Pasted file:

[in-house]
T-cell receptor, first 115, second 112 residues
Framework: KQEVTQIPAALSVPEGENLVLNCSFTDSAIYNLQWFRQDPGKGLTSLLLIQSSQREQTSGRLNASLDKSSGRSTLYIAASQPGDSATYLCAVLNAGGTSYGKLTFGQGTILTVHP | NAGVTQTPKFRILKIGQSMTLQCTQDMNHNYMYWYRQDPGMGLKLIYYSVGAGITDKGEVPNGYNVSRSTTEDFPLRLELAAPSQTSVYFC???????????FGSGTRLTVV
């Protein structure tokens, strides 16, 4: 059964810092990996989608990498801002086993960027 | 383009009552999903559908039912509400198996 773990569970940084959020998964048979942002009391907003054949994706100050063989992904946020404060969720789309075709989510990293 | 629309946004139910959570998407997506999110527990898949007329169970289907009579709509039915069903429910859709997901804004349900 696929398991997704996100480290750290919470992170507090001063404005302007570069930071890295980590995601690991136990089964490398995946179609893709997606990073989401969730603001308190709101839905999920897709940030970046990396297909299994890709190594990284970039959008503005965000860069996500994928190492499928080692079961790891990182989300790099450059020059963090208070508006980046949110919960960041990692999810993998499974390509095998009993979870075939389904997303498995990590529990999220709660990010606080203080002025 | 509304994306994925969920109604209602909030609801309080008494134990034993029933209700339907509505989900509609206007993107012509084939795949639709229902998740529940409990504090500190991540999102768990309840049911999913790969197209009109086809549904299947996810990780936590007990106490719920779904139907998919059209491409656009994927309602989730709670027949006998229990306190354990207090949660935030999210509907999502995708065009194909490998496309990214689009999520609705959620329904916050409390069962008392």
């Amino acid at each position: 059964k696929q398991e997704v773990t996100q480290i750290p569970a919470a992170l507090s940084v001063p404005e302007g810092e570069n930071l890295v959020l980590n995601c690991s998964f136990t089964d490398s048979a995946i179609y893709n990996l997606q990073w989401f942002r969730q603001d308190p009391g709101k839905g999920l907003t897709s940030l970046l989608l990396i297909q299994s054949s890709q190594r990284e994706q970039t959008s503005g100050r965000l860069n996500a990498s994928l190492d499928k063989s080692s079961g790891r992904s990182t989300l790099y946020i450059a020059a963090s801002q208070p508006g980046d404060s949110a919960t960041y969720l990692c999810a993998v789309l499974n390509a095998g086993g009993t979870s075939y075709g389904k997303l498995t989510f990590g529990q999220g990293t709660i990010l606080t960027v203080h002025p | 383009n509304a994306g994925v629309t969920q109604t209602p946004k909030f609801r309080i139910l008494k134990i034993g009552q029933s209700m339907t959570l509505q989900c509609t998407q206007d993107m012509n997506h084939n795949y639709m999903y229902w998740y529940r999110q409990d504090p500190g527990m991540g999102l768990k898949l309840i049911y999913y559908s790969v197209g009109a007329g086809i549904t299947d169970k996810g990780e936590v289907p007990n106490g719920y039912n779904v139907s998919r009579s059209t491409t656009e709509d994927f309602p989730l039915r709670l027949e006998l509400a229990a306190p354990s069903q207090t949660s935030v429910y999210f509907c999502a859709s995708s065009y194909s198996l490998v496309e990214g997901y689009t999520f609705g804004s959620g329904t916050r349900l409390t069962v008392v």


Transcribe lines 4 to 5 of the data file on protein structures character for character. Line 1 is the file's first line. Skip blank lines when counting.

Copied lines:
């Protein structure tokens, strides 16, 4: 059964810092990996989608990498801002086993960027 | 383009009552999903559908039912509400198996 773990569970940084959020998964048979942002009391907003054949994706100050063989992904946020404060969720789309075709989510990293 | 629309946004139910959570998407997506999110527990898949007329169970289907009579709509039915069903429910859709997901804004349900 696929398991997704996100480290750290919470992170507090001063404005302007570069930071890295980590995601690991136990089964490398995946179609893709997606990073989401969730603001308190709101839905999920897709940030970046990396297909299994890709190594990284970039959008503005965000860069996500994928190492499928080692079961790891990182989300790099450059020059963090208070508006980046949110919960960041990692999810993998499974390509095998009993979870075939389904997303498995990590529990999220709660990010606080203080002025 | 509304994306994925969920109604209602909030609801309080008494134990034993029933209700339907509505989900509609206007993107012509084939795949639709229902998740529940409990504090500190991540999102768990309840049911999913790969197209009109086809549904299947996810990780936590007990106490719920779904139907998919059209491409656009994927309602989730709670027949006998229990306190354990207090949660935030999210509907999502995708065009194909490998496309990214689009999520609705959620329904916050409390069962008392």
């Amino acid at each position: 059964k696929q398991e997704v773990t996100q480290i750290p569970a919470a992170l507090s940084v001063p404005e302007g810092e570069n930071l890295v959020l980590n995601c690991s998964f136990t089964d490398s048979a995946i179609y893709n990996l997606q990073w989401f942002r969730q603001d308190p009391g709101k839905g999920l907003t897709s940030l970046l989608l990396i297909q299994s054949s890709q190594r990284e994706q970039t959008s503005g100050r965000l860069n996500a990498s994928l190492d499928k063989s080692s079961g790891r992904s990182t989300l790099y946020i450059a020059a963090s801002q208070p508006g980046d404060s949110a919960t960041y969720l990692c999810a993998v789309l499974n390509a095998g086993g009993t979870s075939y075709g389904k997303l498995t989510f990590g529990q999220g990293t709660i990010l606080t960027v203080h002025p | 383009n509304a994306g994925v629309t969920q109604t209602p946004k909030f609801r309080i139910l008494k134990i034993g009552q029933s209700m339907t959570l509505q989900c509609t998407q206007d993107m012509n997506h084939n795949y639709m999903y229902w998740y529940r999110q409990d504090p500190g527990m991540g999102l768990k898949l309840i049911y999913y559908s790969v197209g009109a007329g086809i549904t299947d169970k996810g990780e936590v289907p007990n106490g719920y039912n779904v139907s998919r009579s059209t491409t656009e709509d994927f309602p989730l039915r709670l027949e006998l509400a229990a306190p354990s069903q207090t949660s935030v429910y999210f509907c999502a859709s995708s065009y194909s198996l490998v496309e990214g997901y689009t999520f609705g804004s959620g329904t916050r349900l409390t069962v008392v």